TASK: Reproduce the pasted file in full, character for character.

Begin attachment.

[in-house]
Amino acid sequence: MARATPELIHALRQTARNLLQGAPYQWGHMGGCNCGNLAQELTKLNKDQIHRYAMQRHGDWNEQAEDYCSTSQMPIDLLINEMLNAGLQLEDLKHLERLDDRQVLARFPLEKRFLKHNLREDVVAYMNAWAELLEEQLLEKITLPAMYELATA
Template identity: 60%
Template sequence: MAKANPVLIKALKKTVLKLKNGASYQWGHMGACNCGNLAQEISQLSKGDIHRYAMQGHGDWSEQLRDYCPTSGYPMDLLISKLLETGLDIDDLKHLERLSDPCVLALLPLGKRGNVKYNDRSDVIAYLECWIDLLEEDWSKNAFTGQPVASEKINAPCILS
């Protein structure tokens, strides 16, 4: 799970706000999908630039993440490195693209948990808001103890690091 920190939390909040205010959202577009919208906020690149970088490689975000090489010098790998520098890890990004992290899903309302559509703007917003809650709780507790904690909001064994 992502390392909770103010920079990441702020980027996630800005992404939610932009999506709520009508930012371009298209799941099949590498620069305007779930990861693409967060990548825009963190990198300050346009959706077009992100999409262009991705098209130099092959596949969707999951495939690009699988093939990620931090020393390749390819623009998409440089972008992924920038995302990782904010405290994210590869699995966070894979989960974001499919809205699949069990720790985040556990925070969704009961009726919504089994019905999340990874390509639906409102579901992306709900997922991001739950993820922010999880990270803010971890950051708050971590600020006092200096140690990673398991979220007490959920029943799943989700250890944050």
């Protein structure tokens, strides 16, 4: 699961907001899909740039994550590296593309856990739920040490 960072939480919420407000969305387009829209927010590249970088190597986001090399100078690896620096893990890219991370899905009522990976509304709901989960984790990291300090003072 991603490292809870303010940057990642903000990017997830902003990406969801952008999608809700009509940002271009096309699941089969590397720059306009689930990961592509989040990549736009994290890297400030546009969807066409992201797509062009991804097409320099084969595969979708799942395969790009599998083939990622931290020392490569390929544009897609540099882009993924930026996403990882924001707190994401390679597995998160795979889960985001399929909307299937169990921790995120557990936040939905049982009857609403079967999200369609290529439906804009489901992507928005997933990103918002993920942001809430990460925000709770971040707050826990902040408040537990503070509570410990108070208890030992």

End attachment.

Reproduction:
[in-house]
Amino acid sequence: MARATPELIHALRQTARNLLQGAPYQWGHMGGCNCGNLAQELTKLNKDQIHRYAMQRHGDWNEQAEDYCSTSQMPIDLLINEMLNAGLQLEDLKHLERLDDRQVLARFPLEKRFLKHNLREDVVAYMNAWAELLEEQLLEKITLPAMYELATA
Template identity: 60%
Template sequence: MAKANPVLIKALKKTVLKLKNGASYQWGHMGACNCGNLAQEISQLSKGDIHRYAMQGHGDWSEQLRDYCPTSGYPMDLLISKLLETGLDIDDLKHLERLSDPCVLALLPLGKRGNVKYNDRSDVIAYLECWIDLLEEDWSKNAFTGQPVASEKINAPCILS
């Protein structure tokens, strides 16, 4: 799970706000999908630039993440490195693209948990808001103890690091 920190939390909040205010959202577009919208906020690149970088490689975000090489010098790998520098890890990004992290899903309302559509703007917003809650709780507790904690909001064994 992502390392909770103010920079990441702020980027996630800005992404939610932009999506709520009508930012371009298209799941099949590498620069305007779930990861693409967060990548825009963190990198300050346009959706077009992100999409262009991705098209130099092959596949969707999951495939690009699988093939990620931090020393390749390819623009998409440089972008992924920038995302990782904010405290994210590869699995966070894979989960974001499919809205699949069990720790985040556990925070969704009961009726919504089994019905999340990874390509639906409102579901992306709900997922991001739950993820922010999880990270803010971890950051708050971590600020006092200096140690990673398991979220007490959920029943799943989700250890944050």
């Protein structure tokens, strides 16, 4: 699961907001899909740039994550590296593309856990739920040490 960072939480919420407000969305387009829209927010590249970088190597986001090399100078690896620096893990890219991370899905009522990976509304709901989960984790990291300090003072 991603490292809870303010940057990642903000990017997830902003990406969801952008999608809700009509940002271009096309699941089969590397720059306009689930990961592509989040990549736009994290890297400030546009969807066409992201797509062009991804097409320099084969595969979708799942395969790009599998083939990622931290020392490569390929544009897609540099882009993924930026996403990882924001707190994401390679597995998160795979889960985001399929909307299937169990921790995120557990936040939905049982009857609403079967999200369609290529439906804009489901992507928005997933990103918002993920942001809430990460925000709770971040707050826990902040408040537990503070509570410990108070208890030992």